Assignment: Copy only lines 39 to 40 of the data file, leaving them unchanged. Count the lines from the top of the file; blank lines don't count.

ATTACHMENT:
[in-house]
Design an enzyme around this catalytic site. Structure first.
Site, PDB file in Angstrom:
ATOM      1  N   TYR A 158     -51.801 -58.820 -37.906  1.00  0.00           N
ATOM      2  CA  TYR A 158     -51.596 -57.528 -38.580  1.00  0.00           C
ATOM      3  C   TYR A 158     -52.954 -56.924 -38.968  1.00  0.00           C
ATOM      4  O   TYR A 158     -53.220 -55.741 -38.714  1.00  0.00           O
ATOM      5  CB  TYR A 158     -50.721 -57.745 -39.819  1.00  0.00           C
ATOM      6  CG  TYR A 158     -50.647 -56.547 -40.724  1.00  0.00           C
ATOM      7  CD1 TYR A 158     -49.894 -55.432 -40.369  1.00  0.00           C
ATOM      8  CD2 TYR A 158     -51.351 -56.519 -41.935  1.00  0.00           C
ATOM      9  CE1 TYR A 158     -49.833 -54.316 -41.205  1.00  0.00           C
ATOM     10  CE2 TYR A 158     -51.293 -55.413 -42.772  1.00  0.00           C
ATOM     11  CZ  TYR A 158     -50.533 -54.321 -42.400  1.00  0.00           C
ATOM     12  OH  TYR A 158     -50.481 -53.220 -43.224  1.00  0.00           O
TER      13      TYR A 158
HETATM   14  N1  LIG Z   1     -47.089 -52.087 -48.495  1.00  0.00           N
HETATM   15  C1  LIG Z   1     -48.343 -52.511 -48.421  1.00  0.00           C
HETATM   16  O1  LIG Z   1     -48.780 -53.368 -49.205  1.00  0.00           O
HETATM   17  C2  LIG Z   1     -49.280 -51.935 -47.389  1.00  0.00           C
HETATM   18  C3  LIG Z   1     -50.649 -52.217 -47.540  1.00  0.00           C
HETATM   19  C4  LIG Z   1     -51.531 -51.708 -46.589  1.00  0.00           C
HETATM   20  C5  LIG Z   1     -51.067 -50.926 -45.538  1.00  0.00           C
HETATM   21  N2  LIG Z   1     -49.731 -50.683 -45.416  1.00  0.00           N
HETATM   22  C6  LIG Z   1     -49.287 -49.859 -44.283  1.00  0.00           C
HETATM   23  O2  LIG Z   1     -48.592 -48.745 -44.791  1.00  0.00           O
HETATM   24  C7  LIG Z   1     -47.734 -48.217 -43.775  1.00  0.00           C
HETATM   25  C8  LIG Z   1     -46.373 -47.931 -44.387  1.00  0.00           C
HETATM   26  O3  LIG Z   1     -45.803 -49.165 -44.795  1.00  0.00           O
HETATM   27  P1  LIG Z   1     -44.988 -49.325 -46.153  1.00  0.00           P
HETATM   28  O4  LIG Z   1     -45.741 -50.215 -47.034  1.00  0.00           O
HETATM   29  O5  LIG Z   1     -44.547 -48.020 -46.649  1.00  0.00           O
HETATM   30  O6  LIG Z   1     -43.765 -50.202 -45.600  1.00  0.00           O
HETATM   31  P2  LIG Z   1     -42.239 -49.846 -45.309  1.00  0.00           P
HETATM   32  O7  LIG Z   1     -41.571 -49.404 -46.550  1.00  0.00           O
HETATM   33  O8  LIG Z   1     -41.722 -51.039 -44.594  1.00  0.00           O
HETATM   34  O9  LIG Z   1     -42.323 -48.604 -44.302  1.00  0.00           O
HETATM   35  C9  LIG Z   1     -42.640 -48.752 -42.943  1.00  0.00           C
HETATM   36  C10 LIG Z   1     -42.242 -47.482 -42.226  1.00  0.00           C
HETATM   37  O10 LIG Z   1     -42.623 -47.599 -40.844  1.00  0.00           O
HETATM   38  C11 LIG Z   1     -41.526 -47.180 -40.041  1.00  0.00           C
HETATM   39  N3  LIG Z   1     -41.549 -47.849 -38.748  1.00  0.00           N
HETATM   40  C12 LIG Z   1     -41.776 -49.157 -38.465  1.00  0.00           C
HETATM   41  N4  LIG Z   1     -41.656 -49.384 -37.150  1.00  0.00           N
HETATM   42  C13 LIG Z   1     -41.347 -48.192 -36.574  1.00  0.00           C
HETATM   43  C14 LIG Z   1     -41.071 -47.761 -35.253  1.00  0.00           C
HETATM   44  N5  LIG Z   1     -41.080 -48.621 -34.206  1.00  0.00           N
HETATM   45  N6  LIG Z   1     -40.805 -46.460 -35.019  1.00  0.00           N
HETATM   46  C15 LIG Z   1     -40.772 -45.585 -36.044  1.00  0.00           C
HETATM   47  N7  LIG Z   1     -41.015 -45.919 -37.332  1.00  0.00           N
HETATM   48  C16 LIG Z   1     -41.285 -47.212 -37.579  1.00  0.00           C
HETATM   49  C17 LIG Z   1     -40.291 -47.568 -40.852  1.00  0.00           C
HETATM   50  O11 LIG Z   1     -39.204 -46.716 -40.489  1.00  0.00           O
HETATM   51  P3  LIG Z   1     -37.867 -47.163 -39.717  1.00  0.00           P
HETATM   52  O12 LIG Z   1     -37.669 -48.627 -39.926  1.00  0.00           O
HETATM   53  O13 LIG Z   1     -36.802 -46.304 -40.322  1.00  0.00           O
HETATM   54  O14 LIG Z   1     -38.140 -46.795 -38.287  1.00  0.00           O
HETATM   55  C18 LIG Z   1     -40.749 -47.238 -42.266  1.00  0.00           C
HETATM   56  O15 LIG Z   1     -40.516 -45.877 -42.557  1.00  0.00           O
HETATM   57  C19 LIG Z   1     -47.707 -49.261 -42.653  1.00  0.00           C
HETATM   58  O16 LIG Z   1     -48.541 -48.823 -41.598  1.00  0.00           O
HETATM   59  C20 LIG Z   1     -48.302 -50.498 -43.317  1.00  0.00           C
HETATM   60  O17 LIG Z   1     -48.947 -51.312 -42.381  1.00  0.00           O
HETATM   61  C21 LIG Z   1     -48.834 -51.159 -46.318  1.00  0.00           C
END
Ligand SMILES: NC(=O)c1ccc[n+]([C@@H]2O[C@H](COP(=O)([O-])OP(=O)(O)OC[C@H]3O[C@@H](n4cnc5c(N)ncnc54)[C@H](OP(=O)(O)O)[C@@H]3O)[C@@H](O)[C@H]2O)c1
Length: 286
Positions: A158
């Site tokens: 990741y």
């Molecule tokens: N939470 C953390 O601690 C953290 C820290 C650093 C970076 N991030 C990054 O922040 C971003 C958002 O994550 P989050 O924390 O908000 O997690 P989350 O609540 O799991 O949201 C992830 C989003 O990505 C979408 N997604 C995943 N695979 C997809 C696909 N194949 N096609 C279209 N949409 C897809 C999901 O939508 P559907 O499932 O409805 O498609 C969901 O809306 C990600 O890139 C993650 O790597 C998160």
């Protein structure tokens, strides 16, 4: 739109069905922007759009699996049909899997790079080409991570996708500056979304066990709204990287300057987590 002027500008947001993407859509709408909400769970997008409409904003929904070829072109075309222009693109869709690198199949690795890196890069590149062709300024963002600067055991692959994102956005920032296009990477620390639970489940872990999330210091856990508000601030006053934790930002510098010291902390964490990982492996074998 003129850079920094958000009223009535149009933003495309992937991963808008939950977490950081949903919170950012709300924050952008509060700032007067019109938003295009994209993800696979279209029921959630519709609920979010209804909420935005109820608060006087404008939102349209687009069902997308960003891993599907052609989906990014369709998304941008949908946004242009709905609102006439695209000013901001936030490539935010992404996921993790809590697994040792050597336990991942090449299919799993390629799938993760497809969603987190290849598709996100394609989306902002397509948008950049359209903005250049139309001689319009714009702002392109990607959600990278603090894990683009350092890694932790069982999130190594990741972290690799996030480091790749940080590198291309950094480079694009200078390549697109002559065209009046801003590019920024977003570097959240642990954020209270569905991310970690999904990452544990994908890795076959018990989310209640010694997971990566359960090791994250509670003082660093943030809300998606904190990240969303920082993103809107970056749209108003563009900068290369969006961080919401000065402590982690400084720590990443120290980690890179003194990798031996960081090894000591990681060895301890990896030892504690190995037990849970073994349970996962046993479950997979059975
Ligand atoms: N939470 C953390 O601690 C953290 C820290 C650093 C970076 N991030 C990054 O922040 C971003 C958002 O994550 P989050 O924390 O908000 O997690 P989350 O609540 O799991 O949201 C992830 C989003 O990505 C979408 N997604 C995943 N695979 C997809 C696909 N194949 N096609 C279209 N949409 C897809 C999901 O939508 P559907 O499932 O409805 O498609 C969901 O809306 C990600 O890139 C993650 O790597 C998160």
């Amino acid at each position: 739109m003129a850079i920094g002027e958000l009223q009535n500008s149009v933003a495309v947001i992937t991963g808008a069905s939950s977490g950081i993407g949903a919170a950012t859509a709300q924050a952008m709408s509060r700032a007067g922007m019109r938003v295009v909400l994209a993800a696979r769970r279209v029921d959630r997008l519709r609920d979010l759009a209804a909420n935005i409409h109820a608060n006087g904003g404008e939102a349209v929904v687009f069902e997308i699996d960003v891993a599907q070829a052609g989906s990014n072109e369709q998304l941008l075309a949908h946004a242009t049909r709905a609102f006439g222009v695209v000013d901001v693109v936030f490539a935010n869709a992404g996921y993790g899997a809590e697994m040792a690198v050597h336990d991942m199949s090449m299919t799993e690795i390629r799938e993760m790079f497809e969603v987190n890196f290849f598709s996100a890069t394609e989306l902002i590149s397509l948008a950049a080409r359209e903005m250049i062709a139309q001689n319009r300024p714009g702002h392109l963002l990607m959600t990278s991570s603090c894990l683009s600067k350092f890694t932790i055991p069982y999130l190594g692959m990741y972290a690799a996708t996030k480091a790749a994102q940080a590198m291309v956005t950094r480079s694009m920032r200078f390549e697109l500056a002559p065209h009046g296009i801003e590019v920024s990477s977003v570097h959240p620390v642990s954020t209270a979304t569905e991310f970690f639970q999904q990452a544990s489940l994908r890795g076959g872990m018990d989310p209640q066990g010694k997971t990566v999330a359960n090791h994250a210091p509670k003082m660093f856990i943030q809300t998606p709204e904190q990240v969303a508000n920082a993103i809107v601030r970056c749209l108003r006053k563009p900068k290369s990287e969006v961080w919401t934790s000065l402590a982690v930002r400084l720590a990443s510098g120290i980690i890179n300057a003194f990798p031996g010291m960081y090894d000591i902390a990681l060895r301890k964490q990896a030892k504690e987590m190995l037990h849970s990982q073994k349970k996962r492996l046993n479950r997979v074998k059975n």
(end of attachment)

HETATM   36  C10 LIG Z   1     -42.242 -47.482 -42.226  1.00  0.00           C
HETATM   37  O10 LIG Z   1     -42.623 -47.599 -40.844  1.00  0.00           O